In its entirety, the production is cohesive but does not feel finished. The spare, almost childlike background photos used in Thomas Lynch’s set design, combined with Esbjornson’s flashbulb-like transitions, only further enhance the animatronic quality of the production. Equally childlike is the fight choreography, so obviously staged and fake that I first wondered if the actors had made a mistake. During a tragic scene in the second act, the trivialization of the violence was so thoughtless, it disrespected the memory of civil rights activists. These clear missteps, combined with the script’s desperate need for focus and clarity (the play runs three hours, ten minutes with a brief intermission), give the impression of a playwright whose work was not properly edited or questioned. Even the most celebrated writers need appropriate feedback. While I can only guess what happened or didn’t happen during the rehearsal process, this production reveals need for a strong revision process. No writer so flippant in the telling of America’s racial history should be given such a large venue from which to share his shallow perspective.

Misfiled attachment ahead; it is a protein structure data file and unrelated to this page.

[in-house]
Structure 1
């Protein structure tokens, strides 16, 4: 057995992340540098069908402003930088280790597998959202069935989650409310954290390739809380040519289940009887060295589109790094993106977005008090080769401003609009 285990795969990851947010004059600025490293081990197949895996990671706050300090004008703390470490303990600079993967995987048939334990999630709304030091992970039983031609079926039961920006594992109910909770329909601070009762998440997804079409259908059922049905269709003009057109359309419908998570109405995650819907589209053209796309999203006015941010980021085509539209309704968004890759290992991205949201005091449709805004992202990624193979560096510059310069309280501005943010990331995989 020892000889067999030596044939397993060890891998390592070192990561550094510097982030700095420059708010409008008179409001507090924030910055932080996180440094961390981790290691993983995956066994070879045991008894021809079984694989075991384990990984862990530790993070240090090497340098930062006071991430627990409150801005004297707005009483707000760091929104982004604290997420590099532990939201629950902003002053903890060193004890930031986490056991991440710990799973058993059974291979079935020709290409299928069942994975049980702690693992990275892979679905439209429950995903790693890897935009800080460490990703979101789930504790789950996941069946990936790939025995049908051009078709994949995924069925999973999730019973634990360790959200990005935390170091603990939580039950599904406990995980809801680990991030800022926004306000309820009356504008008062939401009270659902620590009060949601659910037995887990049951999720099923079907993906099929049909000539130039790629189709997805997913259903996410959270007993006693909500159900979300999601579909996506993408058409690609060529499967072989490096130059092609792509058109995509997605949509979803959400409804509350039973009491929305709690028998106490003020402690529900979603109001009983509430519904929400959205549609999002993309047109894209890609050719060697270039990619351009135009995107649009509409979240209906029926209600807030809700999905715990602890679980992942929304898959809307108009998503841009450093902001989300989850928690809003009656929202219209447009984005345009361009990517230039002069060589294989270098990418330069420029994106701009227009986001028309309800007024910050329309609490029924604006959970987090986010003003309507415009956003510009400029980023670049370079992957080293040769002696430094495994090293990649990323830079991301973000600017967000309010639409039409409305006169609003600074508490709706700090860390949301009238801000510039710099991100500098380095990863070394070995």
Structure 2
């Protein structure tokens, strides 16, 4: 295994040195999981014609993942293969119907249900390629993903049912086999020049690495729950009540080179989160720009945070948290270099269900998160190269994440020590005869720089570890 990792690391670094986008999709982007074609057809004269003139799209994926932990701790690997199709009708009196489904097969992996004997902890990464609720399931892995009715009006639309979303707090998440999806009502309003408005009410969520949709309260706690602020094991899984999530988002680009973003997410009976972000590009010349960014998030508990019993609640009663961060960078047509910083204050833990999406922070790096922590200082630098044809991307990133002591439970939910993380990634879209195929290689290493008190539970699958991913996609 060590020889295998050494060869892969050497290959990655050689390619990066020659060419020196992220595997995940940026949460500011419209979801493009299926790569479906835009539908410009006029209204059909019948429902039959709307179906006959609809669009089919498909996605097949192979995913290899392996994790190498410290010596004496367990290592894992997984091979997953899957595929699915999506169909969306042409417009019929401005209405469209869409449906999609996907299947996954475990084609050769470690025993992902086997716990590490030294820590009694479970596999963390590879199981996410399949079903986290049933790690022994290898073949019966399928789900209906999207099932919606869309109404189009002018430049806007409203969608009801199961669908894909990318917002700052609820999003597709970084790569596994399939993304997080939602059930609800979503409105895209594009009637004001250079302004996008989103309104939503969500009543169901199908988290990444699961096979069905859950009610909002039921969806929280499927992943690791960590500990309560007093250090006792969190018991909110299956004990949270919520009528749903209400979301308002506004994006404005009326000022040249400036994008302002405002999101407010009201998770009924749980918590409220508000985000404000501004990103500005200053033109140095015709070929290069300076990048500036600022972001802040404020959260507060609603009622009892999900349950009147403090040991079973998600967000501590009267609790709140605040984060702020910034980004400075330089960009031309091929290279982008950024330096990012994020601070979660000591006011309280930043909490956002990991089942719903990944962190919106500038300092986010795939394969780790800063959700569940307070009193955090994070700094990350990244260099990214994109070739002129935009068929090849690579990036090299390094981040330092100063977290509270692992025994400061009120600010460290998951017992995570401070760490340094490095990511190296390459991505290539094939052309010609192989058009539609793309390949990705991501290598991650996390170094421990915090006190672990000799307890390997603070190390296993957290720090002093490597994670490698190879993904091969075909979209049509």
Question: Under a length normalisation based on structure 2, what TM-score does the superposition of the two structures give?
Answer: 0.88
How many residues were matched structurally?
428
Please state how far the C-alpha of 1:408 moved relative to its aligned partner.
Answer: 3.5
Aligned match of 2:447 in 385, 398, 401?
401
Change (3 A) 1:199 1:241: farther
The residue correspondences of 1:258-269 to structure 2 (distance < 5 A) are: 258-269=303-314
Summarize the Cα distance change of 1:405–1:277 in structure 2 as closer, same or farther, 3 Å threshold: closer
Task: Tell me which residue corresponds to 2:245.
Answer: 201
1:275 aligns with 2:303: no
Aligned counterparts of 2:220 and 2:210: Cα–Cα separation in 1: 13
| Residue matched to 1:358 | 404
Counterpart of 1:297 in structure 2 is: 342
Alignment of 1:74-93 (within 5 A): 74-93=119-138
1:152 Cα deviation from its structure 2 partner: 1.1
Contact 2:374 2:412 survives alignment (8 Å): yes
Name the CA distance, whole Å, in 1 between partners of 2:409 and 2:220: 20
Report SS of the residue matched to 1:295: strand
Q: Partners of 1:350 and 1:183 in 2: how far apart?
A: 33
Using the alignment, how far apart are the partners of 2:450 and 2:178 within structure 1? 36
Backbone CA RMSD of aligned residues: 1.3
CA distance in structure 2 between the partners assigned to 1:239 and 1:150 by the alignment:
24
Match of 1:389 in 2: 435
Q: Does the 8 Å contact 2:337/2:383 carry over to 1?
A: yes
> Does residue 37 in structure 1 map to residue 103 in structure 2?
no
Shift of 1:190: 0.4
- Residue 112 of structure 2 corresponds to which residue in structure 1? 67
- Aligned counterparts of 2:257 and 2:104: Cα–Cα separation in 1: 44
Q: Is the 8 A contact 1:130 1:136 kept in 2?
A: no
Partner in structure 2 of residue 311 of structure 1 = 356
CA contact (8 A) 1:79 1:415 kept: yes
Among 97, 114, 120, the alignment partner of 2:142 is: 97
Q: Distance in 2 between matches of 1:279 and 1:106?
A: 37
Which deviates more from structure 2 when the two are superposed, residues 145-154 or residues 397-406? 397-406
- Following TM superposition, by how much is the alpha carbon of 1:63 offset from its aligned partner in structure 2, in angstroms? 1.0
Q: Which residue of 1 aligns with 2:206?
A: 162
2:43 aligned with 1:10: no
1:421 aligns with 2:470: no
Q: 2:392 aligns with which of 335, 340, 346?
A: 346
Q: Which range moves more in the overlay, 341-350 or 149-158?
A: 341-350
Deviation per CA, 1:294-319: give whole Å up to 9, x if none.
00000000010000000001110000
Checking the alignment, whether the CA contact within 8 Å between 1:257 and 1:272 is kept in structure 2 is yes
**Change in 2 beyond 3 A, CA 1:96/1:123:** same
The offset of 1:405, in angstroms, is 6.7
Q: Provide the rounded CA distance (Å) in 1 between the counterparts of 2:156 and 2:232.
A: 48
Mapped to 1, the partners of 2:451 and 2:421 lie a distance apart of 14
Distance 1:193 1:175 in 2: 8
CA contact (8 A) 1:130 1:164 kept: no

Appomattox by Christopher Hampton. At the Guthrie Theater, 818 South 2nd Street Minneapolis, MN 55415, September 29 – November 11, 2012 on the McGuire Proscenium Stage. Tickets $34-64, information at 612-377-2224 or http://www.guthrietheater.org/.

Emily Meisler teaches high school English at Saint Paul Academy and Summit School, where she especially enjoys discussing contemporary American literature or Shakespeare. A graduate of Carleton College, Emily majored in Theater Arts with a focus in directing. The first play she saw was a production by the Paperbag Players at Symphony Space in her hometown of New York City; since then, she dreams of directing a play with a cardboard set.

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3 thoughts on “Appomattox

  1. In regards to The Amen Corner. It did play at the Guthrie. It was not a Guthrie production. Penumbra Theatre was the genesis of that show. Credit where credit is due.

    • Valid point – we actually didn’t attribute production credit to either company (just mentioned the location), but I can see the importance of that omission. I have just added a well-justified credit to Penumbra in the review above.

  2. Pingback: Clybourne Park | Aisle Say Twin Cities